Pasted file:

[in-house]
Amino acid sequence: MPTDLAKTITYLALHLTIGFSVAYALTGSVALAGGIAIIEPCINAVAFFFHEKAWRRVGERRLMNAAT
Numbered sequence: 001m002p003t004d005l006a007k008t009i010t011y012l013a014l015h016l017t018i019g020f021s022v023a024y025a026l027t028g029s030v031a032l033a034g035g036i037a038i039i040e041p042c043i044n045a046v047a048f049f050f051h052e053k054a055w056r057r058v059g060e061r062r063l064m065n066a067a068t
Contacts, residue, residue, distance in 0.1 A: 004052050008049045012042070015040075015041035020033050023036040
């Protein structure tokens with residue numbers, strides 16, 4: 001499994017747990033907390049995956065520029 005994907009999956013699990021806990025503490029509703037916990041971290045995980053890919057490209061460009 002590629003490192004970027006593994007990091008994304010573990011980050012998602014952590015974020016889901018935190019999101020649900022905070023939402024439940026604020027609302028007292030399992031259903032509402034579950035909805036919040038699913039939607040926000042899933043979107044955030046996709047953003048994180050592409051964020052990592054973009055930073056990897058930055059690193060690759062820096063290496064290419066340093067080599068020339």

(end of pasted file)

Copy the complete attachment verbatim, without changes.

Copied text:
[in-house]
Amino acid sequence: MPTDLAKTITYLALHLTIGFSVAYALTGSVALAGGIAIIEPCINAVAFFFHEKAWRRVGERRLMNAAT
Numbered sequence: 001m002p003t004d005l006a007k008t009i010t011y012l013a014l015h016l017t018i019g020f021s022v023a024y025a026l027t028g029s030v031a032l033a034g035g036i037a038i039i040e041p042c043i044n045a046v047a048f049f050f051h052e053k054a055w056r057r058v059g060e061r062r063l064m065n066a067a068t
Contacts, residue, residue, distance in 0.1 A: 004052050008049045012042070015040075015041035020033050023036040
């Protein structure tokens with residue numbers, strides 16, 4: 001499994017747990033907390049995956065520029 005994907009999956013699990021806990025503490029509703037916990041971290045995980053890919057490209061460009 002590629003490192004970027006593994007990091008994304010573990011980050012998602014952590015974020016889901018935190019999101020649900022905070023939402024439940026604020027609302028007292030399992031259903032509402034579950035909805036919040038699913039939607040926000042899933043979107044955030046996709047953003048994180050592409051964020052990592054973009055930073056990897058930055059690193060690759062820096063290496064290419066340093067080599068020339």